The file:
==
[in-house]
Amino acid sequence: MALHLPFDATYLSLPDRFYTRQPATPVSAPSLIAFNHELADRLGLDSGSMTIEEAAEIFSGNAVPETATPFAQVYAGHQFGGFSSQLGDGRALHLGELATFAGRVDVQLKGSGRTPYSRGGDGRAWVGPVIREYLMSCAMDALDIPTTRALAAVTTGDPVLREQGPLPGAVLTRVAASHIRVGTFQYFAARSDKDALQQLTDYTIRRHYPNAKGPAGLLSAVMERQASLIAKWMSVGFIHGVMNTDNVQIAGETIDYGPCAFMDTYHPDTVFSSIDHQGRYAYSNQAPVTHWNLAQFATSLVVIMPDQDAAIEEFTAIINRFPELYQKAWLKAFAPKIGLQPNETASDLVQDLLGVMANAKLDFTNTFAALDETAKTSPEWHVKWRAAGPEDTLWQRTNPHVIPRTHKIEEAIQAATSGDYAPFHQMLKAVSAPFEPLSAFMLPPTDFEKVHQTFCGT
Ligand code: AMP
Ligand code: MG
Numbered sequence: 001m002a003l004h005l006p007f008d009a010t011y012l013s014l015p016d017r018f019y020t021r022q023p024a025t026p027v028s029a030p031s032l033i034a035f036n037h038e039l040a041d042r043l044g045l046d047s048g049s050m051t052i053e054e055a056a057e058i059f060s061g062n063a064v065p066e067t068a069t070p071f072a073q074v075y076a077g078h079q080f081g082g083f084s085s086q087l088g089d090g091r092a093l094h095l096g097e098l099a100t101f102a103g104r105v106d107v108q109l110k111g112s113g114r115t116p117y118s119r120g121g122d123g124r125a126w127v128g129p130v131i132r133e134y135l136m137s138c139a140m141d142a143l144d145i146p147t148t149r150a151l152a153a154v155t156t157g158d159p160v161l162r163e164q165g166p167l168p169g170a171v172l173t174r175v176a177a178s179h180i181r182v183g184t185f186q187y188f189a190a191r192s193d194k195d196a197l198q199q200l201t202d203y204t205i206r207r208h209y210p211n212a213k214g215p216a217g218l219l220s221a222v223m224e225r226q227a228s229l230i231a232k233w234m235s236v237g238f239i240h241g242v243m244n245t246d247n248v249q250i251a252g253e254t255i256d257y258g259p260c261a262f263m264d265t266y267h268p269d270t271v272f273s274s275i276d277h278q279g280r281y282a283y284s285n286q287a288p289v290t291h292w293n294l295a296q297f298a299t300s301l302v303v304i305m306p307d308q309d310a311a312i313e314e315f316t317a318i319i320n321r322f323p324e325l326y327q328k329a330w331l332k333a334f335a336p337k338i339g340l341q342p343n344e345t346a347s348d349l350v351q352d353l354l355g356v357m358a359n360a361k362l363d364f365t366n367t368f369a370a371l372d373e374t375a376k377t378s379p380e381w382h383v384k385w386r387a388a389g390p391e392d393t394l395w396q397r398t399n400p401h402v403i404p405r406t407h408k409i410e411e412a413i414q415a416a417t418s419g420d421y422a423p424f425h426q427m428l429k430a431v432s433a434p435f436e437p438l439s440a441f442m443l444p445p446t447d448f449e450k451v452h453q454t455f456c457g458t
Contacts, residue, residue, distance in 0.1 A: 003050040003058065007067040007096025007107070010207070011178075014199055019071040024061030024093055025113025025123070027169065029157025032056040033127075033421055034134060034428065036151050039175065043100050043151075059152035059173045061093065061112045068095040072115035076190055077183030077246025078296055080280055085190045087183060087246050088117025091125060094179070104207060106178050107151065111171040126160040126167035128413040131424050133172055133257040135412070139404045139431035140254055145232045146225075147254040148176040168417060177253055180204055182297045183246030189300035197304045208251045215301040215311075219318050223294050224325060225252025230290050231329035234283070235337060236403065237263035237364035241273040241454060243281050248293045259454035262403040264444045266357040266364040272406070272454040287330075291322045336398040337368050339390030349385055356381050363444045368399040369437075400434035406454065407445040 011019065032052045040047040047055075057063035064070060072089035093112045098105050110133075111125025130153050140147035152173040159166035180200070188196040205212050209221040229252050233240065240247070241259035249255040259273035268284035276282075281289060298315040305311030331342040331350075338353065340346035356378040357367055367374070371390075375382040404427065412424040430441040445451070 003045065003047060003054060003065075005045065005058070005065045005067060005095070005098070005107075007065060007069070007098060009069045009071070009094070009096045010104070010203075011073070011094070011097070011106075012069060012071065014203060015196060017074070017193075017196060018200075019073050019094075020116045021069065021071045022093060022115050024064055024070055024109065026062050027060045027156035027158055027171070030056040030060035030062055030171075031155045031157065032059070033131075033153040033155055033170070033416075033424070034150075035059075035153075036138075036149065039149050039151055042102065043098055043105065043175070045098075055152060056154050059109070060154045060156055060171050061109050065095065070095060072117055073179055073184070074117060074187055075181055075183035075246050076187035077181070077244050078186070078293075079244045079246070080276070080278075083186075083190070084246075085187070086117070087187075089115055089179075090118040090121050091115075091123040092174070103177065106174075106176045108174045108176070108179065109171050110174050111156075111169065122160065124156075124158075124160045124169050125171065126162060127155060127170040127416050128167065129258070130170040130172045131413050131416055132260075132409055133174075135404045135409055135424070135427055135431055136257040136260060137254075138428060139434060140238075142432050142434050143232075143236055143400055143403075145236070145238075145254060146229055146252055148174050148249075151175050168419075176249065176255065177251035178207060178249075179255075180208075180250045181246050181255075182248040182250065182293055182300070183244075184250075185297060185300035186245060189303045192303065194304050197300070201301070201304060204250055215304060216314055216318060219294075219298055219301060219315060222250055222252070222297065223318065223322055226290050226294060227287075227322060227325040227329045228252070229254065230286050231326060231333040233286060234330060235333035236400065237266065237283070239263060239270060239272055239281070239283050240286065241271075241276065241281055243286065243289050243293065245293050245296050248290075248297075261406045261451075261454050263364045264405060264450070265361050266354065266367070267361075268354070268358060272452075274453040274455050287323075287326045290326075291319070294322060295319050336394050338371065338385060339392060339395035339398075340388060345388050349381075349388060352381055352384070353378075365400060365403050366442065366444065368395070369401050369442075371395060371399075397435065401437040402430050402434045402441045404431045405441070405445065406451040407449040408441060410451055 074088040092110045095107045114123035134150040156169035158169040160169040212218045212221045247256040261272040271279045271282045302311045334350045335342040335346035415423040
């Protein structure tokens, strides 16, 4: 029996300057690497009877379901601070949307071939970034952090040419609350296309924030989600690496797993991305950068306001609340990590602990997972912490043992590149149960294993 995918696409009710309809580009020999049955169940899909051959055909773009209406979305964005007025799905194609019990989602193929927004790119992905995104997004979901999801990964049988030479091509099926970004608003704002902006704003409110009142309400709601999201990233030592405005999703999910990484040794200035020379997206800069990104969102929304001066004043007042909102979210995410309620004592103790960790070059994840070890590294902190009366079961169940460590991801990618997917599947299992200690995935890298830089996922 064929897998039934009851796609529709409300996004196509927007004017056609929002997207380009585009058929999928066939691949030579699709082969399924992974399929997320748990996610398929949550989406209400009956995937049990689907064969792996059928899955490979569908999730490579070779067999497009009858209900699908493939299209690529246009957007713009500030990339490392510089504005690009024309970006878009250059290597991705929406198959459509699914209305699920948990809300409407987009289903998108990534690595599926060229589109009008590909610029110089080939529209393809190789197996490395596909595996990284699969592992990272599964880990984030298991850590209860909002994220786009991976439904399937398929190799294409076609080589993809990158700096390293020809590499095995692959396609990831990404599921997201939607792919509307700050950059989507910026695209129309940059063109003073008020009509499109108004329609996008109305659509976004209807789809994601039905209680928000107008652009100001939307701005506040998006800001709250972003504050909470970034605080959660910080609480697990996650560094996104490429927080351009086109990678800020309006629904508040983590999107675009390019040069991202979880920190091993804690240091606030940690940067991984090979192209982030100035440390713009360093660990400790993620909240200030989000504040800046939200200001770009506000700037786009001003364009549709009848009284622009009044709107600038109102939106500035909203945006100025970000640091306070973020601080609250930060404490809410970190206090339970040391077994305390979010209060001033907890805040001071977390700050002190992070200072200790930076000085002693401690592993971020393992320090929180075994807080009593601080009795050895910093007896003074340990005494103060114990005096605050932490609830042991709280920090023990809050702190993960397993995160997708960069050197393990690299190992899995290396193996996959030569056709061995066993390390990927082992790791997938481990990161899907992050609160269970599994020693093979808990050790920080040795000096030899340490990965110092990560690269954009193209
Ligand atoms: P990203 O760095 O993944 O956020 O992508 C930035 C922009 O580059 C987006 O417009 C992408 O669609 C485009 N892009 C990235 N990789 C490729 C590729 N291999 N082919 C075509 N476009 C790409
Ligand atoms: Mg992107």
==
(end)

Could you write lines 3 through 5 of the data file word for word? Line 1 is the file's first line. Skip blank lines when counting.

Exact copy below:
Ligand code: AMP
Ligand code: MG
Numbered sequence: 001m002a003l004h005l006p007f008d009a010t011y012l013s014l015p016d017r018f019y020t021r022q023p024a025t026p027v028s029a030p031s032l033i034a035f036n037h038e039l040a041d042r043l044g045l046d047s048g049s050m051t052i053e054e055a056a057e058i059f060s061g062n063a064v065p066e067t068a069t070p071f072a073q074v075y076a077g078h079q080f081g082g083f084s085s086q087l088g089d090g091r092a093l094h095l096g097e098l099a100t101f102a103g104r105v106d107v108q109l110k111g112s113g114r115t116p117y118s119r120g121g122d123g124r125a126w127v128g129p130v131i132r133e134y135l136m137s138c139a140m141d142a143l144d145i146p147t148t149r150a151l152a153a154v155t156t157g158d159p160v161l162r163e164q165g166p167l168p169g170a171v172l173t174r175v176a177a178s179h180i181r182v183g184t185f186q187y188f189a190a191r192s193d194k195d196a197l198q199q200l201t202d203y204t205i206r207r208h209y210p211n212a213k214g215p216a217g218l219l220s221a222v223m224e225r226q227a228s229l230i231a232k233w234m235s236v237g238f239i240h241g242v243m244n245t246d247n248v249q250i251a252g253e254t255i256d257y258g259p260c261a262f263m264d265t266y267h268p269d270t271v272f273s274s275i276d277h278q279g280r281y282a283y284s285n286q287a288p289v290t291h292w293n294l295a296q297f298a299t300s301l302v303v304i305m306p307d308q309d310a311a312i313e314e315f316t317a318i319i320n321r322f323p324e325l326y327q328k329a330w331l332k333a334f335a336p337k338i339g340l341q342p343n344e345t346a347s348d349l350v351q352d353l354l355g356v357m358a359n360a361k362l363d364f365t366n367t368f369a370a371l372d373e374t375a376k377t378s379p380e381w382h383v384k385w386r387a388a389g390p391e392d393t394l395w396q397r398t399n400p401h402v403i404p405r406t407h408k409i410e411e412a413i414q415a416a417t418s419g420d421y422a423p424f425h426q427m428l429k430a431v432s433a434p435f436e437p438l439s440a441f442m443l444p445p446t447d448f449e450k451v452h453q454t455f456c457g458t